A rich variety of wildlife is both a joy and a sign of a healthy natural environment. Biodiversity needs to be at the heart of everything we do - it is integral to tackling and adapting to climate change, as well as safeguarding our vital life-giving ecosystem services, from water and soil protection, to food and energy security.
In September 2010 Defra published 'Making Space for Nature: A review of England's Wildlife Sites and Ecological Networks', now more commonly known as the Lawton Review. The report concluded unequivocally that the collection of sites [in England designated for nature conservation] do not represent a coherent and resilient ecological network, and urged National Parks (and Areas of Outstanding Natural Beauty) to become exemplars of ecological networks.
Based on principles derived from the Lawton Review, the Peak District Biodiversity Action Plan (2011-2020)* aims to:
- enhance our landscapes with mosaics good quality, diverse habitats which are suitable to support a range of species;
- concentrate our efforts not just on high quality sites such as Sites of Special Scientific Interest and nature reserves, but also on the land surrounding them;
- buffer important sites, creating larger areas of semi-natural habitats and linking habitats together, which should also to enhance the visual characteristics of the landscape;
- enable species to move and adapt in the face of climate change, and increase biodiversity;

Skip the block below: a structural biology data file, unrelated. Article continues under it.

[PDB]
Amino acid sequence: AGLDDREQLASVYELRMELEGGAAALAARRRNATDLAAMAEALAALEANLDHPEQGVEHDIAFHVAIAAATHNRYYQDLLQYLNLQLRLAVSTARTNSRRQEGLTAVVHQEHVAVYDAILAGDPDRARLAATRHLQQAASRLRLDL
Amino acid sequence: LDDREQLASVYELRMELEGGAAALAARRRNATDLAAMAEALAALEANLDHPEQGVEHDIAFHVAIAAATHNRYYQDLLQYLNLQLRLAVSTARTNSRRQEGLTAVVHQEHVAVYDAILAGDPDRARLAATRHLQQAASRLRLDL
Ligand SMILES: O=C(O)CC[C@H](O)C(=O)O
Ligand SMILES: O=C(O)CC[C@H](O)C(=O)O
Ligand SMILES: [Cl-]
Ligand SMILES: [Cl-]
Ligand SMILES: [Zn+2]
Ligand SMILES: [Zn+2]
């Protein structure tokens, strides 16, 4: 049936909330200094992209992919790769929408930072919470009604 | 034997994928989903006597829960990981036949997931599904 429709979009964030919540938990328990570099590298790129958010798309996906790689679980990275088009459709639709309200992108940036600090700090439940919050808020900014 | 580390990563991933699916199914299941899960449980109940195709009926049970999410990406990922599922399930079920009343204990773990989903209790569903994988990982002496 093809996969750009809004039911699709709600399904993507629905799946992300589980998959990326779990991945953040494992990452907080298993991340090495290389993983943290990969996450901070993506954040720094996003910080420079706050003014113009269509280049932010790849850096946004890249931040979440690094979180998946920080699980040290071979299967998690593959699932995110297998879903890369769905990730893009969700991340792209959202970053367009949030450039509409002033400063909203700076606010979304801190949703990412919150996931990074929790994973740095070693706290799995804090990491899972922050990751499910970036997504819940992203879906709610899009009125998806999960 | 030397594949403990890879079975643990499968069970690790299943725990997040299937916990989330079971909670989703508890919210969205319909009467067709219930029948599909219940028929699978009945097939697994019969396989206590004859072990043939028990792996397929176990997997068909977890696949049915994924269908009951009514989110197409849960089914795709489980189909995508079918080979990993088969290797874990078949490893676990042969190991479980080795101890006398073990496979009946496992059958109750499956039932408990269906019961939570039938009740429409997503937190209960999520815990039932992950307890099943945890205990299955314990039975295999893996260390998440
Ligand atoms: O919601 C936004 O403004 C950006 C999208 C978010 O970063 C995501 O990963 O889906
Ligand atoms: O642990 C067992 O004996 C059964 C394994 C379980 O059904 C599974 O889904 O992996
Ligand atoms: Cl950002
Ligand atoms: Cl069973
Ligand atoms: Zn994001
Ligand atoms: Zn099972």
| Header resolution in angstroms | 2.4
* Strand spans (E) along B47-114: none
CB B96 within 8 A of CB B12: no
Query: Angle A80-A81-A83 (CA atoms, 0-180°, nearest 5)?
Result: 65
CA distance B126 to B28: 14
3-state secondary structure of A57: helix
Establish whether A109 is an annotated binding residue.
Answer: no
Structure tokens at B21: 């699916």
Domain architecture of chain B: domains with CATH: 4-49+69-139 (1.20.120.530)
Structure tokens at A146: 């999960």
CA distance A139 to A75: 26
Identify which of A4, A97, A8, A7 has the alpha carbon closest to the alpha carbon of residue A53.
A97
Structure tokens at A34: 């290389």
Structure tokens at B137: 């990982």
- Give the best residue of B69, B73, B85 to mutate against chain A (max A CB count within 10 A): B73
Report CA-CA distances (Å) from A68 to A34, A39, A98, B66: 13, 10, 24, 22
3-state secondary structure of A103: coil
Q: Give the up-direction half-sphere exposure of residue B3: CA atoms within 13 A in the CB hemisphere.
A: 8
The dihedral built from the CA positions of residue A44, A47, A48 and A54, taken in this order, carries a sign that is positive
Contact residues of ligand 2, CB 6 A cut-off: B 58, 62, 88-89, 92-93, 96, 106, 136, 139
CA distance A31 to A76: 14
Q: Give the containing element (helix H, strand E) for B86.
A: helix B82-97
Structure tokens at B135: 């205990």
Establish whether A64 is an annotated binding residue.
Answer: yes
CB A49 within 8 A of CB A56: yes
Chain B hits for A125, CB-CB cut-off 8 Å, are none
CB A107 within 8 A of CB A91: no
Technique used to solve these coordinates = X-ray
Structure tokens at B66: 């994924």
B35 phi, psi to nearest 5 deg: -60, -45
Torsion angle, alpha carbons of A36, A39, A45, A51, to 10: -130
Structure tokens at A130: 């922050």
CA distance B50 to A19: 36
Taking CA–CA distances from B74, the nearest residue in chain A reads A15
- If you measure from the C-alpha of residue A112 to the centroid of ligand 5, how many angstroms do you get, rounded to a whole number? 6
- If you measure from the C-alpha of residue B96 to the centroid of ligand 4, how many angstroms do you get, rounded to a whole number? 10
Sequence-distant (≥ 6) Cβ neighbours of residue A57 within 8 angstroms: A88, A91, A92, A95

- restore habitats such as peat bogs, moorlands and woodland, which help to absorb carbon, purify our water supplies, and reduce run-off, thereby helping to mitigate the effects of climate change.
The Peak District BAP is based largely on the three National Character Areas (NCA) of the Dark Peak, White Peak and South West Peak. Each of these areas is defined by its landscape and a distinctive and characteristic mosaic of habitats and species that sets them apart from other areas of England. The Peak District BAP area includes the entirety of the Peak District National Park. The BAP area also incorporates some small parts of adjacent NCAs not covered by other Local BAPs.
* Produced by the Peak District Biodiversity Partnership, which was made up of statutory conservation agencies, non-government organisations, local government, utility companies, landowner/ manager representatives, naturalist groups, business, Derbyshire constabulary and individuals. The Biodiversity Partnership no longer exists, but the local Woodland BAP group still meets quarterly.